Obama's 2173%, Painfully Regressive Tax Increase

It was not an April Fools' Day stunt, and it wasn't funny.

On April 1, tobacco taxes went up -- way up. The most visible increases were the roughly 160% hikes in the federal excise tax on cigarettes to $1.01 per pack from 39 cents, and chewing tobacco to 50 cents per pound from 19.5 cents.

The least visible increase was the most revealing one, because it showed just how far the government will go in search of tax revenue while protecting the very people it demonizes for public consumption.

You see, as state and federal tobacco taxes have risen over the years, more and more smokers have taken to rolling their own cigarettes and cigars. This of course requires purchasing the raw material. Until March 31, the tax on a pound of tobacco was $1.09. According to this retail source, you can get up to 600 cigarettes, or up to 30 packs, out of a pound.

You can see the "problem": $1.09 is a lot less money for Uncle Sam than the up to $11.70 (30 packs times $0.39) he was extracting from regular smokers before April 1. I have little doubt that many inside the halls of government, probably with the helpful assistance of cigarette makers moaning about "unfair" competition, were characterizing the roll-your-own smokers (RYOs) as "freeloaders."

So Congress and the president fixed that "unfair" situation by raising the per-pound tax on tobacco purchases from $1.09 to $24.78.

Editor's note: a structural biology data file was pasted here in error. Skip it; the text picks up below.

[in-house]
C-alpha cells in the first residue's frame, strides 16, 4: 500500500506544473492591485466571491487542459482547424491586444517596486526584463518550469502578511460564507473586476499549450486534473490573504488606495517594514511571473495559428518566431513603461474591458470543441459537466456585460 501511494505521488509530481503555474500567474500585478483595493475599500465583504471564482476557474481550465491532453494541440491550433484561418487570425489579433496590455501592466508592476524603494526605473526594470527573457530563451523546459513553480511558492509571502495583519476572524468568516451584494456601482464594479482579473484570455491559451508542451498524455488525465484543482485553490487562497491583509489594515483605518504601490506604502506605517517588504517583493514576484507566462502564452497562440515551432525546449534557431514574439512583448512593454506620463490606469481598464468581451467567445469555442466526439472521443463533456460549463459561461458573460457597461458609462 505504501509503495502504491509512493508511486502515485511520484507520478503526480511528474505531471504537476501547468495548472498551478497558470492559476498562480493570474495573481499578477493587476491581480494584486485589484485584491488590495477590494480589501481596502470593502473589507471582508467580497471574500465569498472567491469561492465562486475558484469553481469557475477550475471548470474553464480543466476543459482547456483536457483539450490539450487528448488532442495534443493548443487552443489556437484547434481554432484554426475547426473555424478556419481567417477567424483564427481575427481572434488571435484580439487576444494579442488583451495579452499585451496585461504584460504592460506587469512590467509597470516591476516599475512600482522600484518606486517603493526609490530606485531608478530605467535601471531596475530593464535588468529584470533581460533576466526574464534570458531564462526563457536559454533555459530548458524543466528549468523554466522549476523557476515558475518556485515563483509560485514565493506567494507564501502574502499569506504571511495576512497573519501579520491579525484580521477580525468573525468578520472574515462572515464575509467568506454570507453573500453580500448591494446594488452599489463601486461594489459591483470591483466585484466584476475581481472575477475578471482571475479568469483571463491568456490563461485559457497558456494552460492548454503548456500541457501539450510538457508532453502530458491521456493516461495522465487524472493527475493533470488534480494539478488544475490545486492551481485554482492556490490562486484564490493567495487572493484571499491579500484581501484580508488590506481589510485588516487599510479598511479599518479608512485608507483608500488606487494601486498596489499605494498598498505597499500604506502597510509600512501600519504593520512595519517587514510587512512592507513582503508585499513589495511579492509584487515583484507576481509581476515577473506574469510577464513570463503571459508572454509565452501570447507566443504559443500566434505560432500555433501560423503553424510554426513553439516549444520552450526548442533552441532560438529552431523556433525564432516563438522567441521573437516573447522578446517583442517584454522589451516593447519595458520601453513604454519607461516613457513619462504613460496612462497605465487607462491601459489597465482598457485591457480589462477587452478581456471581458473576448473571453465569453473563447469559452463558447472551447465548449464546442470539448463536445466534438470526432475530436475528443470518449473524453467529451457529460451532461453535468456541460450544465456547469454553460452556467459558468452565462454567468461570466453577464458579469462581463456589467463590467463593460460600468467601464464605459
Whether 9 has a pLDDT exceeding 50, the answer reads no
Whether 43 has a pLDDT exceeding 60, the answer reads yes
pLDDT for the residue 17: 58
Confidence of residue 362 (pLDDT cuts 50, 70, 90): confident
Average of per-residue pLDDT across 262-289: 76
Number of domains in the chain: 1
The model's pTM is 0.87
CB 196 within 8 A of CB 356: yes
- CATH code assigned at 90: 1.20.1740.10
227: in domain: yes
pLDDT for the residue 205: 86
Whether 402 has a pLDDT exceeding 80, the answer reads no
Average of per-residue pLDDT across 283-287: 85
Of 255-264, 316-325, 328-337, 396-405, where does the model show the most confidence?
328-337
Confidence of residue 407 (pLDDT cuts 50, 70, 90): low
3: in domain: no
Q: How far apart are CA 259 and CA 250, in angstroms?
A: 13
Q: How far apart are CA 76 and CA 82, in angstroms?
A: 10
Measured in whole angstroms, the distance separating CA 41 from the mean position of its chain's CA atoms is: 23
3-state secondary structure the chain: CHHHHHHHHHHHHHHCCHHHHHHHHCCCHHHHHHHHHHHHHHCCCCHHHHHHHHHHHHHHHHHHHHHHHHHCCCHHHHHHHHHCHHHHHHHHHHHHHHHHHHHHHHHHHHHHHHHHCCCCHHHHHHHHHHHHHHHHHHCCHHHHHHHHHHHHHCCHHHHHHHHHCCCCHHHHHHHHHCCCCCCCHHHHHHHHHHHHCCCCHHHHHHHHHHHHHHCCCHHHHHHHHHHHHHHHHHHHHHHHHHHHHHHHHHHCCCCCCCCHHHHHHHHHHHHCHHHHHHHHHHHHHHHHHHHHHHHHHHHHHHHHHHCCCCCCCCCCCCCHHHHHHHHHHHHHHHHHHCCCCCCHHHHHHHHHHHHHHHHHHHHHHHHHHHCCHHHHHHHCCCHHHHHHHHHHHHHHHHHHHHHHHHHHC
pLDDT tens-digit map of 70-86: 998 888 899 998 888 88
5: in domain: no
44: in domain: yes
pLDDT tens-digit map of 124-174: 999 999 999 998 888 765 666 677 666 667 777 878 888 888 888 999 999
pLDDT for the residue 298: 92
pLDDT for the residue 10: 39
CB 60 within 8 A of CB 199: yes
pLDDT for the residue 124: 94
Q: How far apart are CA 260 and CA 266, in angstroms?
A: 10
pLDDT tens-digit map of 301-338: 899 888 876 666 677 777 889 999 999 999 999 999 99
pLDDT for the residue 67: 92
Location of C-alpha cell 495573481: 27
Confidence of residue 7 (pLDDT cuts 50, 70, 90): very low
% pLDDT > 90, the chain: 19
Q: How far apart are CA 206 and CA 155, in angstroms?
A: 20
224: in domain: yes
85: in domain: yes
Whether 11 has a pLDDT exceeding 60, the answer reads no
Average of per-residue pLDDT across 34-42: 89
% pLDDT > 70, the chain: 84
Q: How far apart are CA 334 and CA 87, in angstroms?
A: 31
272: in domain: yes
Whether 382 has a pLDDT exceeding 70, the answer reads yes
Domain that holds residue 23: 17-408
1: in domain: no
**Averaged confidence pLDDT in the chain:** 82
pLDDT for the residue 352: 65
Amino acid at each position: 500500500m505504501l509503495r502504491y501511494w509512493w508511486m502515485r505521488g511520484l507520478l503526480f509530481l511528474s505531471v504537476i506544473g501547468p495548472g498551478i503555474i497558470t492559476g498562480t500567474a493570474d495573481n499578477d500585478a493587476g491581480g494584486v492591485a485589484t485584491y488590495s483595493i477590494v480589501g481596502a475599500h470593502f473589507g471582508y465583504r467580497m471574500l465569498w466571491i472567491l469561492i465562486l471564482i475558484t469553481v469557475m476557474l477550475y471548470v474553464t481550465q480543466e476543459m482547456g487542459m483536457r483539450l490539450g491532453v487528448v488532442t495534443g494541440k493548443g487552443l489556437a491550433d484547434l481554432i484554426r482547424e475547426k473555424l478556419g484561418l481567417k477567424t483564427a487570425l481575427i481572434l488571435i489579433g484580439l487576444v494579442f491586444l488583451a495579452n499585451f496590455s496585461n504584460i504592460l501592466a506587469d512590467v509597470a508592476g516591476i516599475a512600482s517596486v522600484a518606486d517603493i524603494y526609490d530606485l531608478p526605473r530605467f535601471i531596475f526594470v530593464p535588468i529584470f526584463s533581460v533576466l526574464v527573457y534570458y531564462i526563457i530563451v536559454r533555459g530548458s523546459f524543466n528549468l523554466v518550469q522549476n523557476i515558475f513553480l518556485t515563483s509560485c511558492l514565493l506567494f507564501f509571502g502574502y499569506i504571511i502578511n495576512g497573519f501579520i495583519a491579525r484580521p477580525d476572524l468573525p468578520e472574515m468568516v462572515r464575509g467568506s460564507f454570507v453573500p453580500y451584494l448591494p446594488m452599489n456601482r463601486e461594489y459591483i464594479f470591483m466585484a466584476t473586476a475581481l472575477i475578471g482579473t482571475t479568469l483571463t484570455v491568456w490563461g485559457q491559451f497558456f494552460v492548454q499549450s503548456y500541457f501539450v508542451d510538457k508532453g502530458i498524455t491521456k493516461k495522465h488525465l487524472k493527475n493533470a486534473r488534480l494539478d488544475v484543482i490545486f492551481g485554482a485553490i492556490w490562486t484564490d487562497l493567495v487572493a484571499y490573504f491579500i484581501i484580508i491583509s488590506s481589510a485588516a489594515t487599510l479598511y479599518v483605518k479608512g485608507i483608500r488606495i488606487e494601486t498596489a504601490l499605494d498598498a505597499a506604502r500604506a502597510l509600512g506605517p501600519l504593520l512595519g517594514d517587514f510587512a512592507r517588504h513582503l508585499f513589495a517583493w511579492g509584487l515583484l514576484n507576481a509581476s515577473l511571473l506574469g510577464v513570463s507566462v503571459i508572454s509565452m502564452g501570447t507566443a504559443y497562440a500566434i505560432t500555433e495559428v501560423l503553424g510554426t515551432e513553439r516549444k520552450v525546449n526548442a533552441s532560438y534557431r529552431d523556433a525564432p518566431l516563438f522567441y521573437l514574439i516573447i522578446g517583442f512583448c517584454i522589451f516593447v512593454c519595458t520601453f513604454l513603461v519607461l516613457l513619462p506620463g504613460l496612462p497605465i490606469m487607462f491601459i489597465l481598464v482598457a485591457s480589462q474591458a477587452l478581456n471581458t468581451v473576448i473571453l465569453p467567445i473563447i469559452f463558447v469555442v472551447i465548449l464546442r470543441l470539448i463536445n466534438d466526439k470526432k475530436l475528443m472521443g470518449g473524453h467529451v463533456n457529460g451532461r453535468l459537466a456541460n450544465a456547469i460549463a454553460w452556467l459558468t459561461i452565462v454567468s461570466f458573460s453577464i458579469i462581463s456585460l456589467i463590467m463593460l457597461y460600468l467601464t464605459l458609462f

You read that right. That's a mind-numbing 2173% tax increase. Now the federal tax on the raw material is pretty close to the federal tax charged on cigarettes at retail, which, equivalently stated, is now up to $30.30 (30 packs times $1.01).

In government-think, this was done, I suspect, to force the RYOs to pay "their fair share." It shouldn't surprise anyone if many states follow suit and impose their own per-pound tobacco tax increases.

Though they will never publicly admit it, Congress imposed this radical tax increase on RYOs to protect Big Tobacco, the tax cash cow they love to hate, but can't live without. It's as clear an illustration as you'll ever see of how government all too often operates at cross purposes. On the one hand, it uses Big Tobacco as a whipping boy every time a study comes out showing some new harm or cost imposed by smoking and smokers. On the other hand, the government knows that if enough people ever stop smoking, or figure out how to get their nicotine fixes without going through Big Tobacco, tax receipts will dive.